The US and European Union on Tuesday said Russia was responsible for a February cyberattack that crippled a satellite network in Ukraine and neighboring countries, disrupted communications and disrupted a wind farm used to generate electricity.
The February 24 attack unleashed wiper malware that destroyed thousands of satellite modems used by customers of communications company Viasat. A month later, security firm SentinelOne said an analysis of the Wiper malware used in the attack revealed several technical similarities to VPNFilter, malware detected on more than 500,000 home and small office modems in 2018. Several US government agencies assigned VPNFilter Russian to state threat actors.
Tens of thousands of modems knocked out by AcidRain
“Today, in support of the European Union and other partners, the United States publicly shares its assessment that Russia launched cyberattacks on commercial satellite communications networks in late February to disrupt Ukrainian command and control during the invasion, and that these actions had an impact on others European countries,” wrote US Secretary of State Antony Blinken in a Explanation. “The activity has disabled terminals with very small apertures in Ukraine and across Europe. This includes tens of thousands of terminals outside Ukraine supporting wind turbines and providing internet services to individuals, among other things.”
AcidRain, the name of the wiper analyzed by SentinelOne, is previously unknown malware. AcidRain consists of an executable for the MIPS hardware in Viasat modems and is the seventh single wiper malware associated with Russia’s ongoing invasion of Ukraine. Wipers destroy data on hard drives in a way that cannot be undone. In most cases, they render devices or entire networks completely unusable.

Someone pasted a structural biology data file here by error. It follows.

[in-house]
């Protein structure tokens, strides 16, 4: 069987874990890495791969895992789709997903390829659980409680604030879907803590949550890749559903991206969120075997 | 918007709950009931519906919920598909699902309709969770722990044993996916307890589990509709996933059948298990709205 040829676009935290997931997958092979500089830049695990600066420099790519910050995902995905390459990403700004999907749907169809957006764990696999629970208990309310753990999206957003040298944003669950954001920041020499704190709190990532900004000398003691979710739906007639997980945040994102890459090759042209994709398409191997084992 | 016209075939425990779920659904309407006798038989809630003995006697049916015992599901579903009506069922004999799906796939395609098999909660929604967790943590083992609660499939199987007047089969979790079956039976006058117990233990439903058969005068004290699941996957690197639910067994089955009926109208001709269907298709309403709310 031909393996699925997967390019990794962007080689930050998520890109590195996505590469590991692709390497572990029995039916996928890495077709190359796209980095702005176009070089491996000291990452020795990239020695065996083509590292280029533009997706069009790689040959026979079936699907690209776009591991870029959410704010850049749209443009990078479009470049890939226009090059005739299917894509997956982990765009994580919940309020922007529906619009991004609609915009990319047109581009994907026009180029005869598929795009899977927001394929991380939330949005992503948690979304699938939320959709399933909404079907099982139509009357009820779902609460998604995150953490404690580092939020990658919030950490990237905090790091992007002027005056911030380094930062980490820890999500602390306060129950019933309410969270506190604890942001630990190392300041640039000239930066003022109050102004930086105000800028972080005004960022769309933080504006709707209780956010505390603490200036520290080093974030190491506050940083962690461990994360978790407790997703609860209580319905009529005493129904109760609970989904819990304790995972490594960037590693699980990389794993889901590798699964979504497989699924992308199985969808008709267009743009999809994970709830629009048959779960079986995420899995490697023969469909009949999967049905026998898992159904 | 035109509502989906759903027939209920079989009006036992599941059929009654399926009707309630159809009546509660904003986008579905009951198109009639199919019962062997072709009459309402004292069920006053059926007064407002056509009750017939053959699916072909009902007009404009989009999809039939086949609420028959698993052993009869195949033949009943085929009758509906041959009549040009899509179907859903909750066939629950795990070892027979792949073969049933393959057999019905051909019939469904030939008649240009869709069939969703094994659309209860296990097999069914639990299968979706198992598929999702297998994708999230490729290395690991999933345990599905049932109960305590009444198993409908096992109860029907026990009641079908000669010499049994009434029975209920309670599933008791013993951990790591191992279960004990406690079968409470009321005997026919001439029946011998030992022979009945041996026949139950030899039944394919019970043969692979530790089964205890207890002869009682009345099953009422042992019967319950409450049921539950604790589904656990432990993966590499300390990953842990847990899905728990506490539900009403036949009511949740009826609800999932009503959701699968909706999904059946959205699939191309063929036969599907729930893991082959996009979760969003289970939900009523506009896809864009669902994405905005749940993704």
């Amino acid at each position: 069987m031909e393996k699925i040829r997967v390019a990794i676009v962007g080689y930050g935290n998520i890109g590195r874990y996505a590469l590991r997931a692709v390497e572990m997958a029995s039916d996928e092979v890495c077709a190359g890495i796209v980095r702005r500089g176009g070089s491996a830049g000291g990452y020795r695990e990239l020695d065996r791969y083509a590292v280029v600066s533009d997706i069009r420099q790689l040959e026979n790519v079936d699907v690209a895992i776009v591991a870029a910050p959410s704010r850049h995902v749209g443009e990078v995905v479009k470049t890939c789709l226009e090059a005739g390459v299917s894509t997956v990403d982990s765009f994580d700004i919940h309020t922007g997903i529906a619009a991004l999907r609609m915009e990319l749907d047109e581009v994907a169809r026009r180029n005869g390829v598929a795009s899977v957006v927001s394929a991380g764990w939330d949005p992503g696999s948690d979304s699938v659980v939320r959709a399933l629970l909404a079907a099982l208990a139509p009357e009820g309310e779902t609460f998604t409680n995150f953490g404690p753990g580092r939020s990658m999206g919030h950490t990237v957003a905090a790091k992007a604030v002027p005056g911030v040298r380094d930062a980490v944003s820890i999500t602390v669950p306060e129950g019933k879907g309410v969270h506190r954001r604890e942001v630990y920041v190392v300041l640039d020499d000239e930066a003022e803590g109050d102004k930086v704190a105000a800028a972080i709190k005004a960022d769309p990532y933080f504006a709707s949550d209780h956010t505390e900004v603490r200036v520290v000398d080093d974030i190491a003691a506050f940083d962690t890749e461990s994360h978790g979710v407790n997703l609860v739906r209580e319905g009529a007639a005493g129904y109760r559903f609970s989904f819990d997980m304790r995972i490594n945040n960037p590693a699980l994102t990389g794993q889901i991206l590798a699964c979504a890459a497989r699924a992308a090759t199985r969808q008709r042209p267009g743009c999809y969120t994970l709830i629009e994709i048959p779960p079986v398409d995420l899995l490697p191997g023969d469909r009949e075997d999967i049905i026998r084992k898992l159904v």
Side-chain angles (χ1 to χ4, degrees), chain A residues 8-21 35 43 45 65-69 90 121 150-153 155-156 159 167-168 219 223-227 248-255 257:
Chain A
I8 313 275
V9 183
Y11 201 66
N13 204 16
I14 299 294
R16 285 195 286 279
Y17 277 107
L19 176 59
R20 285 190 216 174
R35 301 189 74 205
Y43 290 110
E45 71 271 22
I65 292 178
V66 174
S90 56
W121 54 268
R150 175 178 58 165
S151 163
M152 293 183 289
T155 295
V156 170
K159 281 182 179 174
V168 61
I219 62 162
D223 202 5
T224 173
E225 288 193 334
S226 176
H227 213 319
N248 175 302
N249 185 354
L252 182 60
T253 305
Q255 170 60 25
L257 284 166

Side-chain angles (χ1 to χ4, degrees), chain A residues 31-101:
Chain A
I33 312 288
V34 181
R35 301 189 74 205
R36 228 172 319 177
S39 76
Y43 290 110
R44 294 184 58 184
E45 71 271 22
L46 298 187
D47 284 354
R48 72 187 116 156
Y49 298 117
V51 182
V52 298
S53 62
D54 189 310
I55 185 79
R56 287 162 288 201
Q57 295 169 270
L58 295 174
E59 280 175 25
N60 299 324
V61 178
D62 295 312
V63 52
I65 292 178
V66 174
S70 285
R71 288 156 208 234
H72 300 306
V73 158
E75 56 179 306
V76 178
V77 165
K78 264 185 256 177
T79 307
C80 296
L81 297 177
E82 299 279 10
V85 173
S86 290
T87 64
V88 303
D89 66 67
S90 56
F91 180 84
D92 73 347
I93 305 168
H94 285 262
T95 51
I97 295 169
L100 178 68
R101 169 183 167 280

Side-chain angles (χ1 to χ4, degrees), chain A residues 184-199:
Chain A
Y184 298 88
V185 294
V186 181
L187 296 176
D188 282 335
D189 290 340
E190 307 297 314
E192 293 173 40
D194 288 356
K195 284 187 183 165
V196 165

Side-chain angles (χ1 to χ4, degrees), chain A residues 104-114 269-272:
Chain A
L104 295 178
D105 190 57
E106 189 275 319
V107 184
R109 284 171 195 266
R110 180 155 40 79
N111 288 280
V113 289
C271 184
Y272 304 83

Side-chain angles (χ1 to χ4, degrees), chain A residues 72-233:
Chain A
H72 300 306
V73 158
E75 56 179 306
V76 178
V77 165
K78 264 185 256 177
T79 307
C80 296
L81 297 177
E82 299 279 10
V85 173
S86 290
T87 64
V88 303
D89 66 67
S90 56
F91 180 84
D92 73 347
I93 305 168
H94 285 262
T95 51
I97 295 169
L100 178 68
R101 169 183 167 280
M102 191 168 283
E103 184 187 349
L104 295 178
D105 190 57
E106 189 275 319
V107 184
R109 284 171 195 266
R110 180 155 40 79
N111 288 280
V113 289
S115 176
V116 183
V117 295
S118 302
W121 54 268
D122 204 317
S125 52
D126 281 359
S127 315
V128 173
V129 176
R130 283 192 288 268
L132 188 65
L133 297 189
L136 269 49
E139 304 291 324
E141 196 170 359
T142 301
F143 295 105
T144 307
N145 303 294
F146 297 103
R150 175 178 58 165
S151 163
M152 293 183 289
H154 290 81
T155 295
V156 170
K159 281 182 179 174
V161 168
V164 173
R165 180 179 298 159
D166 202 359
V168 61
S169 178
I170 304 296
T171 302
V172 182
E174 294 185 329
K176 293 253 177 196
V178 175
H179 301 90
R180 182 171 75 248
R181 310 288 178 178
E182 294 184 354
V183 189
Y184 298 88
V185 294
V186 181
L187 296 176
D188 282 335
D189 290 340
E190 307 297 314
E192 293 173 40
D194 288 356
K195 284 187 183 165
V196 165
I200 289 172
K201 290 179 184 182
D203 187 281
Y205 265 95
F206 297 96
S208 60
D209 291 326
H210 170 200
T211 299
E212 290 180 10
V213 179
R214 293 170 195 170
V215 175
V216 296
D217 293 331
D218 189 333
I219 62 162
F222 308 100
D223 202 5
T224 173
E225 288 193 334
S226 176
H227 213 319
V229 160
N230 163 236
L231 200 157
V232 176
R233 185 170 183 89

SentinelOne researchers said they found “non-trivial” but ultimately “inconclusive” development similarities between AcidRain and “dstr”, the name of a wiper module in VPNFilter. Similarities included a 55 percent code similarity as measured by a tool called TLSH, identical section header string tables, and “storing the previous syscall number in a global location before a new syscall”.
Viasat officials said at the time that the SentinelOne analysis and results were consistent with the finding of their own investigation.
One of the first signs of the hack occurred when more than 5,800 wind turbines belonging to German energy company Enercon were taken offline. The failure didn’t stop the turbines from spinning, but it did prevent engineers from remotely resetting them. In the meantime, Enercon has succeeded in bringing most of the affected turbines back online and replacing the satellite modems.
“The cyberattack took place an hour before Russia’s unprovoked and unwarranted invasion of Ukraine on February 24, 2022, thereby facilitating military aggression,” EU officials wrote in a statement official statement. “This cyberattack had a significant impact, causing random communication blackouts and disruptions to multiple authorities, businesses and users in Ukraine and affecting multiple EU member states.”
in one separate statementBritish Foreign Secretary Liz Truss said: “This is clear and shocking evidence of a deliberate and malicious attack by Russia on Ukraine, which has had significant consequences for citizens and businesses in Ukraine and across Europe.”
repeat cyber offenders
The cyberattack was one of many that Russia has carried out against Ukraine over the past eight years. In 2015 and again in 2016, hackers working for the Kremlin caused power outages that left hundreds of thousands of Ukrainians without heat in one of the coldest months.
Beginning around January 2022, in the run-up to Russia’s invasion of its neighboring country, Russia unleashed a variety of other cyberattacks against Ukrainian targets, including a series of distributed denial-of-service attacks, website defacements, and wiper attacks.
Aside from the two attacks on Ukraine’s power infrastructure, Russia is also responsible for NotPetya, another hard drive wiper released in Ukraine and later distributed around the world, causing an estimated $10 billion in damage. In 2018, the US sanctioned Russia for the NotPetya attack and interference in the 2016 election.
Critics have long called that the US and its allies have not done enough to punish Russia for NotPetya or the 2015 or 2016 attacks on Ukraine, which remain the only known real-world hacks to shut down power.
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